The Chicago Cubs did not offer a 2020 contract to shortstop Addison Russell, making the 2016 All-Star a free agent one year after he was suspended for violating Major League Baseball’s domestic violence policy.
The Chicago Cubs did not offer a 2020 contract to shortstop Addison Russell on Monday, making the 2016 All-Star a free agent one year after he was suspended for violating Major League Baseball’s domestic violence policy.
Russell was banned for 40 games last offseason after a series of allegations made by ex-wife Melisa Reidy. The 25-year-old returned to the Cubs in May and batted a career-low .237 with nine homers, 23 RBIs and a .699 OPS.
Russell earned $4 million in 2019 and was likely to gain a raise in arbitration, probably to around $5 million.
“We decided to non-tender Addison Russell today simply because the role we expected him to play for the 2020 Cubs was inconsistent with how he would have been treated in the salary arbitration process,” Cubs executive Theo Epstein said in a statement.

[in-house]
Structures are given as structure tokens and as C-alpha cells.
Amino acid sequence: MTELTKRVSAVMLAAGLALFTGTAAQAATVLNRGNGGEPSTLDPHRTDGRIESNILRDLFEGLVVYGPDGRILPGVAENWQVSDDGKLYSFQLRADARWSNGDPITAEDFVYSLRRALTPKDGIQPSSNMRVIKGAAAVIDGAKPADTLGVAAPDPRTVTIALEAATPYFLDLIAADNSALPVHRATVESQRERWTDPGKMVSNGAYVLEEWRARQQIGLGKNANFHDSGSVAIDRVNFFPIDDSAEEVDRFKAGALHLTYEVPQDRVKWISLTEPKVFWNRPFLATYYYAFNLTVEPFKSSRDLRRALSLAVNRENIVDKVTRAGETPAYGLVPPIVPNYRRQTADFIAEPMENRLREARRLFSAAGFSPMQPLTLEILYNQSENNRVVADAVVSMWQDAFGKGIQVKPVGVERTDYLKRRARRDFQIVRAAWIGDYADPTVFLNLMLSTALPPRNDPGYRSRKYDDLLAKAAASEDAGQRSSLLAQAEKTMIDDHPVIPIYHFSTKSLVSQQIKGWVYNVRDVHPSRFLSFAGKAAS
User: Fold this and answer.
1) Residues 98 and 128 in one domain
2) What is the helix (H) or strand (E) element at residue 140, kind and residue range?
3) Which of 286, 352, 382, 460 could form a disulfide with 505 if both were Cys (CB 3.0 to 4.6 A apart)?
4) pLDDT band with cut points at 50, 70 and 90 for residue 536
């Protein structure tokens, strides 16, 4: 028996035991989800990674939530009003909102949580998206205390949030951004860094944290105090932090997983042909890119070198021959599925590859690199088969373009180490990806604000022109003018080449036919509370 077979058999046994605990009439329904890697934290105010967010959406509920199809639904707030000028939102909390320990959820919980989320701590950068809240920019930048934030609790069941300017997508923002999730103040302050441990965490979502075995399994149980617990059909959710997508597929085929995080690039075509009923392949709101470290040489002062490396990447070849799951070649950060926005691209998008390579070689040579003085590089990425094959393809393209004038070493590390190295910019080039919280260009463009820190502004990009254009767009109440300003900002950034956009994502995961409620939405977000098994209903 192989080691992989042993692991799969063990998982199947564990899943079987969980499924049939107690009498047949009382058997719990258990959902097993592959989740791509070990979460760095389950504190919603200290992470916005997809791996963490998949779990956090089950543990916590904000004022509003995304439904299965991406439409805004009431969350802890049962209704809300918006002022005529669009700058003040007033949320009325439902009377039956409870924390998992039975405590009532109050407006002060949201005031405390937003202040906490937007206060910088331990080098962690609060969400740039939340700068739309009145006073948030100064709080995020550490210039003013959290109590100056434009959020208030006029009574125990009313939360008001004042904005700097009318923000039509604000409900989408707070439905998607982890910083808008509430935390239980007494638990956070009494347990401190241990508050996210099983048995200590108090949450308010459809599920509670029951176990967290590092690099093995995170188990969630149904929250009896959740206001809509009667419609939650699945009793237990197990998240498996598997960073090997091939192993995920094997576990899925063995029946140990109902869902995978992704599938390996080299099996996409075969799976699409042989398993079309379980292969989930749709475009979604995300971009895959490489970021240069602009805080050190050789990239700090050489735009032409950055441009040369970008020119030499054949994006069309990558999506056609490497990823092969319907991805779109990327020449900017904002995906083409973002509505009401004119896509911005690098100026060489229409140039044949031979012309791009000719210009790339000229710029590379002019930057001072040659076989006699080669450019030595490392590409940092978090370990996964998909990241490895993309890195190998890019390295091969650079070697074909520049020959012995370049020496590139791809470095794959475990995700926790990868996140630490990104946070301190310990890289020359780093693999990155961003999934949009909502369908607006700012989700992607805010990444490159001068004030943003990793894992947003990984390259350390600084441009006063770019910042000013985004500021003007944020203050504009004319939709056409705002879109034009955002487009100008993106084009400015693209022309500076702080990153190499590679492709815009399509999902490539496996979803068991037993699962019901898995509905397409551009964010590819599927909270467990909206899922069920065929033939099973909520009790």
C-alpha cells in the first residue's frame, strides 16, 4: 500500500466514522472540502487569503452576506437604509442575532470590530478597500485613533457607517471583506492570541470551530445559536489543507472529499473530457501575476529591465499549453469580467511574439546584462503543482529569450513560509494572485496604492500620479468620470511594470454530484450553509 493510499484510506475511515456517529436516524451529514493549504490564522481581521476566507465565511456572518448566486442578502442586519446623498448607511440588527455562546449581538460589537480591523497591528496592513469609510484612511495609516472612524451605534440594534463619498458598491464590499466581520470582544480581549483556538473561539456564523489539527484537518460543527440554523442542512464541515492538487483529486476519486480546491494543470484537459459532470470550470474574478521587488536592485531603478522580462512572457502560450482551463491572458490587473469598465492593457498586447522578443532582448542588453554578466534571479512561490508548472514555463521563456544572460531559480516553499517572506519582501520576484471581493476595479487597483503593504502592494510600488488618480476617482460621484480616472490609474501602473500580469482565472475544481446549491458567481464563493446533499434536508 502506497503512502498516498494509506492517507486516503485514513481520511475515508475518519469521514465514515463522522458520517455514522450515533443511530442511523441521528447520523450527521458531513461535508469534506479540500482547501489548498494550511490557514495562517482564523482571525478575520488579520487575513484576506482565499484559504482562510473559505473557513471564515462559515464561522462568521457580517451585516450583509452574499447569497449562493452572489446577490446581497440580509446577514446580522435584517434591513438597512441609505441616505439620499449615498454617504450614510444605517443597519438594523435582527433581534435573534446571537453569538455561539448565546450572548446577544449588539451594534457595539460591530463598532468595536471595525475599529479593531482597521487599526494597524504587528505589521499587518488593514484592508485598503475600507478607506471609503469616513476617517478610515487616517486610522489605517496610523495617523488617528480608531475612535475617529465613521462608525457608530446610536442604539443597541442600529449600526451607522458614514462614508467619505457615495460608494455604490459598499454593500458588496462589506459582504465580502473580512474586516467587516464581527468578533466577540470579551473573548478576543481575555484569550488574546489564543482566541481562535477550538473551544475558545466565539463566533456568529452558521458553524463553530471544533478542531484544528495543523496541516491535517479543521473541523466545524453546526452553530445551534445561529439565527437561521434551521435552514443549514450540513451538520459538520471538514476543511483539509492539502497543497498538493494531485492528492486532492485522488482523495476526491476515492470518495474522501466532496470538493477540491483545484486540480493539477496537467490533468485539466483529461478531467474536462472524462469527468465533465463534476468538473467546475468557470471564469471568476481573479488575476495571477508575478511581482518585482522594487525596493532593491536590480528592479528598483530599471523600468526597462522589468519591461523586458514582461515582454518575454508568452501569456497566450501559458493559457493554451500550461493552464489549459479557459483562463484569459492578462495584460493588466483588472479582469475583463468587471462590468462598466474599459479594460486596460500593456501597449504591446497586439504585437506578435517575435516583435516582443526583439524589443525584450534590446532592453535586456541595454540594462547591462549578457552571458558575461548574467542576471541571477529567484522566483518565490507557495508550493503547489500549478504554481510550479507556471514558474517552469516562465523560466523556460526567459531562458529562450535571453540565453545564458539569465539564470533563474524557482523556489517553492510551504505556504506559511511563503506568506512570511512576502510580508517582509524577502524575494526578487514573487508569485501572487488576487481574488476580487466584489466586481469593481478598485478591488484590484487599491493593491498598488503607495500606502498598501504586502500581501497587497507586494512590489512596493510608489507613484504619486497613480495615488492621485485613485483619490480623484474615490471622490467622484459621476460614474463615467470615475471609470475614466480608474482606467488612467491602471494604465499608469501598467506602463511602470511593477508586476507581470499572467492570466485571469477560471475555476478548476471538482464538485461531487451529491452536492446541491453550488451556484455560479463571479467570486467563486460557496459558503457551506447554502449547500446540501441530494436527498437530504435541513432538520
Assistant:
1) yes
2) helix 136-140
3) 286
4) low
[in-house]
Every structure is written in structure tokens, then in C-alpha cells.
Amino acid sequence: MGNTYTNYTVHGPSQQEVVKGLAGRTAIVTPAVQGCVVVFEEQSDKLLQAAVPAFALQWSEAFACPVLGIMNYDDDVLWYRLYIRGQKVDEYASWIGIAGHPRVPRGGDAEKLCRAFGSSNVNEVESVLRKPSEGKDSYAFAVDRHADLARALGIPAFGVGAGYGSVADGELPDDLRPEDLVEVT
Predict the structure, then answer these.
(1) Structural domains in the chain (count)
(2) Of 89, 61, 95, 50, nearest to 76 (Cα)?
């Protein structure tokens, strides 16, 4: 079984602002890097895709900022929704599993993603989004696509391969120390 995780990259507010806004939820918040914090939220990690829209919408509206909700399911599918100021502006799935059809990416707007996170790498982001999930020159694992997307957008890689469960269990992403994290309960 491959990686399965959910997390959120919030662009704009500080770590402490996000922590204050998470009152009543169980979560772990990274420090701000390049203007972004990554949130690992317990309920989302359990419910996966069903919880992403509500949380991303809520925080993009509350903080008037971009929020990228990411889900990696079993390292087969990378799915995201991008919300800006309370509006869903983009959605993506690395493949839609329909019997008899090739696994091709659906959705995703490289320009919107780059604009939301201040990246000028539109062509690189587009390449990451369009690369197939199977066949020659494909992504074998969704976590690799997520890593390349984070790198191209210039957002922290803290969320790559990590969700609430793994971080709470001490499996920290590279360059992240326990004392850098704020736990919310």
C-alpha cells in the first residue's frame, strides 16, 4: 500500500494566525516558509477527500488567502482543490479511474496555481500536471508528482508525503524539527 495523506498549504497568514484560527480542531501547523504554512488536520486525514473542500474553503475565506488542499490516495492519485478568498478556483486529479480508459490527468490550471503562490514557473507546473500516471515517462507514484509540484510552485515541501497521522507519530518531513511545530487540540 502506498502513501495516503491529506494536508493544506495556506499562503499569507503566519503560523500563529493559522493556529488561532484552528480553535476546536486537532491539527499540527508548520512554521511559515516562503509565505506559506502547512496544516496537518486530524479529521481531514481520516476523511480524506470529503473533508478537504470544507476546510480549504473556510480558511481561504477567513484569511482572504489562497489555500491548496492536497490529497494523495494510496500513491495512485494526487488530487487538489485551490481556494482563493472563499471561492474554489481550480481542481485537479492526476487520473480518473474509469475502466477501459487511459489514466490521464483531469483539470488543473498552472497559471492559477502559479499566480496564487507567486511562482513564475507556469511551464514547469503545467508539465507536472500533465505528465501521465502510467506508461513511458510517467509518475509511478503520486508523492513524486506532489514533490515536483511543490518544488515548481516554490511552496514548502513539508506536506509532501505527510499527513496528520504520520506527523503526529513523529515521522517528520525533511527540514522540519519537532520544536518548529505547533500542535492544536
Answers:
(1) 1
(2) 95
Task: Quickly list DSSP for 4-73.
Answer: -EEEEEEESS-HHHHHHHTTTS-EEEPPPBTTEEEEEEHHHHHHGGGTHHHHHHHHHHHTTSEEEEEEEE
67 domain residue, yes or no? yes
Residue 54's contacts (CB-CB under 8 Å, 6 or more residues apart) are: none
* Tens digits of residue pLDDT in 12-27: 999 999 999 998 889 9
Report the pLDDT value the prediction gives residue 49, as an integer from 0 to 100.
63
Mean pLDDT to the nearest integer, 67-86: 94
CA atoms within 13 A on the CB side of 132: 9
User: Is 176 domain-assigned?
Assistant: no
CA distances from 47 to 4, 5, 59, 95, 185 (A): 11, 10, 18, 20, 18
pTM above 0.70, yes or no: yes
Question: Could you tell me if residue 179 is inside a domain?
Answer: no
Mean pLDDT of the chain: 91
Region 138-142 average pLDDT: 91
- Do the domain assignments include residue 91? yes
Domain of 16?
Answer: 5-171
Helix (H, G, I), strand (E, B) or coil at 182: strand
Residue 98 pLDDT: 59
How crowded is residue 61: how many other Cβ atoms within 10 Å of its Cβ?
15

MLB began an investigation in 2017 after allegations against Russell first became public. Reidy published a blog post last September describing more detailed allegations, including years of physical and emotional abuse. Less than 12 hours later, MLB announced Russell had been put on leave under its domestic violence policy. He accepted the suspension on Oct. 3.
Russell received a mixed welcome from fans at Wrigley Field and was booed often on the road after serving his suspension. He said in February that he was accountable for his past actions and apologized for “the hurt and the pain” he caused.
Epstein said at the time that Russell’s return was “not a finish line” but said “there has been progress.” He praised Russell’s progress Monday.
“He has lived up to his promise to put in the important self-improvement work necessary off the field and has shown growth as a person, as a partner, as a parent and as a citizen,” Epstein said. “We hope and believe that Addison’s work and growth will continue, and we have offered our continued support of him and his family, including Melisa.”
The Cubs also agreed to a one-year deal with right-hander Jharel Cotton and failed to offer a contract to left-hander Danny Hultzen before the tender deadline. Hultzen, the second-overall pick in the 2011 amateur draft, overcame numerous injuries to make his major league debut in 2019. He pitched 3 1/3 scoreless innings over six appearances.
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